But the militia was overwhelmed and by the end of the day the protestors had killed at least 18 people -- militia and officials -- and taken control of the town.
In response, Britain sent troops to crush the rebellion. Historians also say that approximately 439 blacks were killed by the British, 354 of them -- including Paul Bogle -- executed after so-called trials.
Bogle was eventually named a National Hero.
Describing Phillip as a determined man, Patricia said he was "warsome in some ways but peaceful at other times".
"He would stand up for his rights and wouldn't back down," she said, smiling.
His only regret, she added, was that he never knew Paul Bogle.
"But although he was a small child he said he remembered his great-grandmother sitting down and crying that them kill her son at Morant Bay," said Patricia.
Phillip Bogle was said to have been born on October 29, 1913, the only child of Amanda Bogle, said to be Paul Bogle's daughter.
There is no record of Phillip Bogle's father, as he was given his mother's maiden name. His mother died while he was a baby and he went to live with his great-grandmother, Cecelia Bogle, Paul Bogle's mother.
But she, too, died while he was still a child and he was sent to live with another family.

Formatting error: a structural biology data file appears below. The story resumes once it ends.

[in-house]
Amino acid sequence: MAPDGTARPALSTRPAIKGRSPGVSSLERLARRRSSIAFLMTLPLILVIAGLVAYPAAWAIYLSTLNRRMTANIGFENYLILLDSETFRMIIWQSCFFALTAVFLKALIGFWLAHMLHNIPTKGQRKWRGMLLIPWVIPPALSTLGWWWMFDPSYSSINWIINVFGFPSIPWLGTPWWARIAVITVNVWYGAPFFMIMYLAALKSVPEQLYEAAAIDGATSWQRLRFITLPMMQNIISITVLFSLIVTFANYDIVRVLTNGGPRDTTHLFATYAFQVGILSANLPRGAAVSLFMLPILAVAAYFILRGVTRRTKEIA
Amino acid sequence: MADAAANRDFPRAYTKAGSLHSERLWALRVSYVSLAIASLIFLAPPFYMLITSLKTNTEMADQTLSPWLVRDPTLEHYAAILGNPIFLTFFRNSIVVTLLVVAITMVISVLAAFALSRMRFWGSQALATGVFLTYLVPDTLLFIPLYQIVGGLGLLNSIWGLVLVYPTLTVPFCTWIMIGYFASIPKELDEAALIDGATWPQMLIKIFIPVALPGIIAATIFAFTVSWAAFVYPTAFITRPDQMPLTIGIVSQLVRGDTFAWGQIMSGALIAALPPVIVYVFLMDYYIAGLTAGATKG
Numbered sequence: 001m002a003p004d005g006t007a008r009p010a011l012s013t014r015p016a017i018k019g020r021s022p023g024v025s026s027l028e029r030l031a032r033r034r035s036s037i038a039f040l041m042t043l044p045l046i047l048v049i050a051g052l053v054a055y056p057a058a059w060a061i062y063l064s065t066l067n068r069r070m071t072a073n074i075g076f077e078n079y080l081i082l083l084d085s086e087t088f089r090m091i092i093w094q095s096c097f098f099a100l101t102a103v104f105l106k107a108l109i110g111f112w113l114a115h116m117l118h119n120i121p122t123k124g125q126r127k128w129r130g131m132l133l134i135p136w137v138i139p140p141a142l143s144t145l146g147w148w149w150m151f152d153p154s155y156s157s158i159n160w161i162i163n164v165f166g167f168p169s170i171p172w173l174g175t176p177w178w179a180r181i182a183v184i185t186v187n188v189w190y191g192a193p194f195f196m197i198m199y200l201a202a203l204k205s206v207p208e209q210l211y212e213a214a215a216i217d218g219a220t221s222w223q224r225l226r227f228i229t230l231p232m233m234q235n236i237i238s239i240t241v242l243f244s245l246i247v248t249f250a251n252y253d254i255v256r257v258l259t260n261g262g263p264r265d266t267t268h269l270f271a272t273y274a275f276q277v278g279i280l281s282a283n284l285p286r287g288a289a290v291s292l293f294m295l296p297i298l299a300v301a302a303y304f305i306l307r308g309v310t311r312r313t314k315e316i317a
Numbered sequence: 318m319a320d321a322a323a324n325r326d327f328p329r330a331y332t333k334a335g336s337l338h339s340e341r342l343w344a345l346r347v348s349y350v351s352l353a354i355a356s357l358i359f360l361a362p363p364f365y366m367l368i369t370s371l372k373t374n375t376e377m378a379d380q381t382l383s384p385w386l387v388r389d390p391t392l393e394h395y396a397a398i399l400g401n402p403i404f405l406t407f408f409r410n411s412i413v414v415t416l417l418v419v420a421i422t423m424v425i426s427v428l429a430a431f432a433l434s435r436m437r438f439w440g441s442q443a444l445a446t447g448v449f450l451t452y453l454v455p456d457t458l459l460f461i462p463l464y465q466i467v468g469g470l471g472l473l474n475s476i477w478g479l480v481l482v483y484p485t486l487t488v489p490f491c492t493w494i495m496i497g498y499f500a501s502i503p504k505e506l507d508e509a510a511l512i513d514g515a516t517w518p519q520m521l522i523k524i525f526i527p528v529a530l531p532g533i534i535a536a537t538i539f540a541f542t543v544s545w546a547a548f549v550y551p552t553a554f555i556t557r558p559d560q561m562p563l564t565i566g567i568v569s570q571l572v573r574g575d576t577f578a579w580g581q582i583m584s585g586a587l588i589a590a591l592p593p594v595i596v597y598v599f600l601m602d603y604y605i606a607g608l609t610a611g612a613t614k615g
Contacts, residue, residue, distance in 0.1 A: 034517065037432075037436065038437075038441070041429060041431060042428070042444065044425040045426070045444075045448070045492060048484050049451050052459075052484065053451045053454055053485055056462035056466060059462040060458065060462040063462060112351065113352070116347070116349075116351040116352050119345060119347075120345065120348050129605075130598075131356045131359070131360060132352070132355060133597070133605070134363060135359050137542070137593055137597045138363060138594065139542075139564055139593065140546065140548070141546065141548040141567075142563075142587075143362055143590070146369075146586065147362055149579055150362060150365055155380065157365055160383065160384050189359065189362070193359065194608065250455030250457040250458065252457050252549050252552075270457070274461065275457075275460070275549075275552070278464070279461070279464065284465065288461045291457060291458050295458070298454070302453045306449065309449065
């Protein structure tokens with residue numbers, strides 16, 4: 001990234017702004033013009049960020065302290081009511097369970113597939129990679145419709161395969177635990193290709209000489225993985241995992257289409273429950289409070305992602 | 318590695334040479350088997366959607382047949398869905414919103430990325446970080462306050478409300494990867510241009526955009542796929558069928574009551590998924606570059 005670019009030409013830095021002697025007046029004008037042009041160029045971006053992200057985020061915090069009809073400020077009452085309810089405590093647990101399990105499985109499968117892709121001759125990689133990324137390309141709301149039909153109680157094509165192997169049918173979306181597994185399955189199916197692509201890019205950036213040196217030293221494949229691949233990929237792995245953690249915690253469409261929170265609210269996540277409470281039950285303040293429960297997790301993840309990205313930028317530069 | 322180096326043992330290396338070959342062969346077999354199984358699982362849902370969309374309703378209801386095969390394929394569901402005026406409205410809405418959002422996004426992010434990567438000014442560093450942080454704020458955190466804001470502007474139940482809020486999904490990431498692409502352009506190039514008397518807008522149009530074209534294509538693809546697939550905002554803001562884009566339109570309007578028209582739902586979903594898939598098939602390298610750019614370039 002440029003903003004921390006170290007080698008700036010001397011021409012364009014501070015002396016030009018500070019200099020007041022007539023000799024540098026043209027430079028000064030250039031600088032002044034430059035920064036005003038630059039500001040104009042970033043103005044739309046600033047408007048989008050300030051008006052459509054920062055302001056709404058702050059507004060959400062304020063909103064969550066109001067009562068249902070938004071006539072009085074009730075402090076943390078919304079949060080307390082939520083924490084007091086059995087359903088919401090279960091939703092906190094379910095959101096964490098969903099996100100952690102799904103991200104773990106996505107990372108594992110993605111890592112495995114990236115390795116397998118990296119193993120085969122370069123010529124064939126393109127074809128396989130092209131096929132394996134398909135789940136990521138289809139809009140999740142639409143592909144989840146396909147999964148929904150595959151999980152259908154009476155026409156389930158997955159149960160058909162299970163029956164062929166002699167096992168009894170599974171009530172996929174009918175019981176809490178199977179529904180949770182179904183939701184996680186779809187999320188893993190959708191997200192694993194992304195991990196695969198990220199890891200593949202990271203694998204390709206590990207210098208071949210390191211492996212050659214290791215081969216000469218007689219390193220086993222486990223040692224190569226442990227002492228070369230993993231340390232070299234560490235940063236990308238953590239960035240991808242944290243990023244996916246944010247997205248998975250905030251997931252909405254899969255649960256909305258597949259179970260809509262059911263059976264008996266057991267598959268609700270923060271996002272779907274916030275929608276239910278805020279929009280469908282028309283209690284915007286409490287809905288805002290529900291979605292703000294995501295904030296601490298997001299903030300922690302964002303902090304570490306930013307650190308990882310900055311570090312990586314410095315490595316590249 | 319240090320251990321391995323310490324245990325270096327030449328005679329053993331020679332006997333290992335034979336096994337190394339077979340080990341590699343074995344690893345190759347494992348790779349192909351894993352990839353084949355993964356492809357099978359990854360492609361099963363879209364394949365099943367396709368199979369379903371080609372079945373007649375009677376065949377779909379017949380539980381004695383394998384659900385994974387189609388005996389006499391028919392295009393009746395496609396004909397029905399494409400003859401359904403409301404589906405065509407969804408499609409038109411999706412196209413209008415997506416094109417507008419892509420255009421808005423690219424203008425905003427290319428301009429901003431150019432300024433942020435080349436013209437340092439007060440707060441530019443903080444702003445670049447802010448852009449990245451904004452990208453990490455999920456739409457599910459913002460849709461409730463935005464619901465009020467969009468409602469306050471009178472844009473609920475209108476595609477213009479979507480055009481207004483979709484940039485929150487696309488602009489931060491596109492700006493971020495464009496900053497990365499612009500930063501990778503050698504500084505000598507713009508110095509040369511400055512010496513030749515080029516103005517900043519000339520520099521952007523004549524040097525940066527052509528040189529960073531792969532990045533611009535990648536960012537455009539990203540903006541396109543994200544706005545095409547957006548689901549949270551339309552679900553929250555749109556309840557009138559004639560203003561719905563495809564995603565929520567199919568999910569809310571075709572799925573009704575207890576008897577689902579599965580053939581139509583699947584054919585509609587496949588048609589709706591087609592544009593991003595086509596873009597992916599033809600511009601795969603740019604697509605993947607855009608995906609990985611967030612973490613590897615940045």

A year before Phillip's death in 1995, Patricia said they made a family trip to Spring Gardens, the final resting place of his great-grandmother and other ancestors, to pay their last respects.
Last week, Dorette Abrahams, president of the African Heritage Development Association, who has been pushing for the remounting of a statue that truly reflects the image of Paul Bogle, said she was upset that the name 'Paul Bogle' was inscribed on the plinth of the statue, when the work was not a true image of him. After some lobbying, she said, this was later changed to read: 'Artistic impression of Paul Bogle'.
According to Abrahams, she felt led by her ancestors to return to her birth parish of St Thomas to ensure that the proper recognition be given to Bogle and all those killed in the Morant Bay uprising.
Now, through her organisation, she is leading the cause for a new statue to be mounted, this time facing the courthouse. Additionally, she is calling for better care to be taken of the ancestral burial site at the back of the burnt-out courthouse, which is being desecrated by mentally-ill persons as well as those seeking some place to engage in sexual acts.
"The biggest desecration is the public toilet which was built on top of the grave where they found the largest number of bodies," Abrahams said.
She also wants to see the square directly in front of the courthouse be blocked off to vehicular traffic and that storyboards be placed along the pathway from which persons can trace the history.